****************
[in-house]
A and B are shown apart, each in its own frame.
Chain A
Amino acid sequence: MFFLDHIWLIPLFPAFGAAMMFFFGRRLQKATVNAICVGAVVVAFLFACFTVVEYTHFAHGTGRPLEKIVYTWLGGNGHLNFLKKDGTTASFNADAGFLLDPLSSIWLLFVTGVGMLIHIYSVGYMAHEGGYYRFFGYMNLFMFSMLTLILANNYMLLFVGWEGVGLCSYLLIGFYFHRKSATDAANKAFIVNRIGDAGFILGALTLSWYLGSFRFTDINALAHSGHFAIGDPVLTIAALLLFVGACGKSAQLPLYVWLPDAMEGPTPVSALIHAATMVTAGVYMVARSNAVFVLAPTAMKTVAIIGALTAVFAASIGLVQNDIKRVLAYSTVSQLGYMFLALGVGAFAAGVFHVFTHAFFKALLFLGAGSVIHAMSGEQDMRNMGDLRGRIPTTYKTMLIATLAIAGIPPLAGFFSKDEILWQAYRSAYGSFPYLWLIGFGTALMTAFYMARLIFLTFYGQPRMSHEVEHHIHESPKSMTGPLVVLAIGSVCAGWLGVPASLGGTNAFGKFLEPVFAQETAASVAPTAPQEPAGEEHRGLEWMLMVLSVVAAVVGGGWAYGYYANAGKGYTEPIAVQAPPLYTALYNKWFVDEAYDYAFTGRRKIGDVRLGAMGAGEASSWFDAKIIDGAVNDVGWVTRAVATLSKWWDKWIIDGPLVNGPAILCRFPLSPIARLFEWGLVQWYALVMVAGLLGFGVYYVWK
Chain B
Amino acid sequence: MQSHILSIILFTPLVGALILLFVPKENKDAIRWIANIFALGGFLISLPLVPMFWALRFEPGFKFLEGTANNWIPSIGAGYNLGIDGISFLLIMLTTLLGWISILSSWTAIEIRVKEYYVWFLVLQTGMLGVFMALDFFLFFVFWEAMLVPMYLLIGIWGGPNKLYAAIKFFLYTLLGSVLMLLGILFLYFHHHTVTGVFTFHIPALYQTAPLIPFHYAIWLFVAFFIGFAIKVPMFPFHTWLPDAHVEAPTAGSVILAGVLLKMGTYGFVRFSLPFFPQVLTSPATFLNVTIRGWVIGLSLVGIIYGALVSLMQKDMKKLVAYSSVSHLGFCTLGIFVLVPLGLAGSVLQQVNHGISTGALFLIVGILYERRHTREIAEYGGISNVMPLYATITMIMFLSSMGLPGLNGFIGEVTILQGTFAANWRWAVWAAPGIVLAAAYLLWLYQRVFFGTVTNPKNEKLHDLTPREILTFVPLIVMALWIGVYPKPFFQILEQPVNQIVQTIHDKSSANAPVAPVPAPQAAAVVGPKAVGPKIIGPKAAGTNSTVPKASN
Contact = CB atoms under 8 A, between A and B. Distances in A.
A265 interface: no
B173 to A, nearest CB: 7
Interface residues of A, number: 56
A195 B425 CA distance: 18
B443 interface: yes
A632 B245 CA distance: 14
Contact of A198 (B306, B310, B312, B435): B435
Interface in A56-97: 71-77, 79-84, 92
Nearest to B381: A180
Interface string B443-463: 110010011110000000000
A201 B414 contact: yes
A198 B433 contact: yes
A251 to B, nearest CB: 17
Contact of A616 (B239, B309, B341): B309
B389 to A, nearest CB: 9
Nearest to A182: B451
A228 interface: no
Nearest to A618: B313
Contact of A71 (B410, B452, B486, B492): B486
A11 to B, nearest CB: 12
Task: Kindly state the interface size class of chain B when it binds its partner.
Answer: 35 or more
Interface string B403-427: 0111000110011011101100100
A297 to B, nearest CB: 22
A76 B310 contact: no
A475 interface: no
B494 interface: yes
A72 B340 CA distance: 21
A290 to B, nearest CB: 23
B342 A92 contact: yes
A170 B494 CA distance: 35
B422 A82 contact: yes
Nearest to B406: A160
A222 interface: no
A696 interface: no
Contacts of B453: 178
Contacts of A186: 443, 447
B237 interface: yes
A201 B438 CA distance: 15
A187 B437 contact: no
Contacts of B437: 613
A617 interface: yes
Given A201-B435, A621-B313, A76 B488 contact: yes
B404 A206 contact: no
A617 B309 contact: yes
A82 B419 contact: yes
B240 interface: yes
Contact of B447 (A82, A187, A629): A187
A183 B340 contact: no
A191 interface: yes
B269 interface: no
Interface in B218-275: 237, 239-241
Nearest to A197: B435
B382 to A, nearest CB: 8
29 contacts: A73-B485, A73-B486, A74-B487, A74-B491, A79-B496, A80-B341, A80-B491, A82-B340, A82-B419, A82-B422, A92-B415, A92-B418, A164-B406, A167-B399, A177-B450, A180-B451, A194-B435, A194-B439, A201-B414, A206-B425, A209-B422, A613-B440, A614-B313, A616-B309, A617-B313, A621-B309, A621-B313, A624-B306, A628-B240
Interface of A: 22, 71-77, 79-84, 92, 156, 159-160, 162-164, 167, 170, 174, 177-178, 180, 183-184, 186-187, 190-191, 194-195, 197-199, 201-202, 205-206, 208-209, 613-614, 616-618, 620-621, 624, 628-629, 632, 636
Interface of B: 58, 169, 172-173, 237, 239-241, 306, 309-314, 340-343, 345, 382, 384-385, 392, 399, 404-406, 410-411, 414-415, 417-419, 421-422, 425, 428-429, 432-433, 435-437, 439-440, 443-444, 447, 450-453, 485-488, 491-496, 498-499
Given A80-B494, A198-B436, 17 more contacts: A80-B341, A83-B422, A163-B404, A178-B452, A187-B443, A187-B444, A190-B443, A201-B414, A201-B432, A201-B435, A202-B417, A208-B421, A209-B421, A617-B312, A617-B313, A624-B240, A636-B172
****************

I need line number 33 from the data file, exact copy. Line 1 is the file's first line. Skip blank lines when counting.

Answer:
A475 interface: no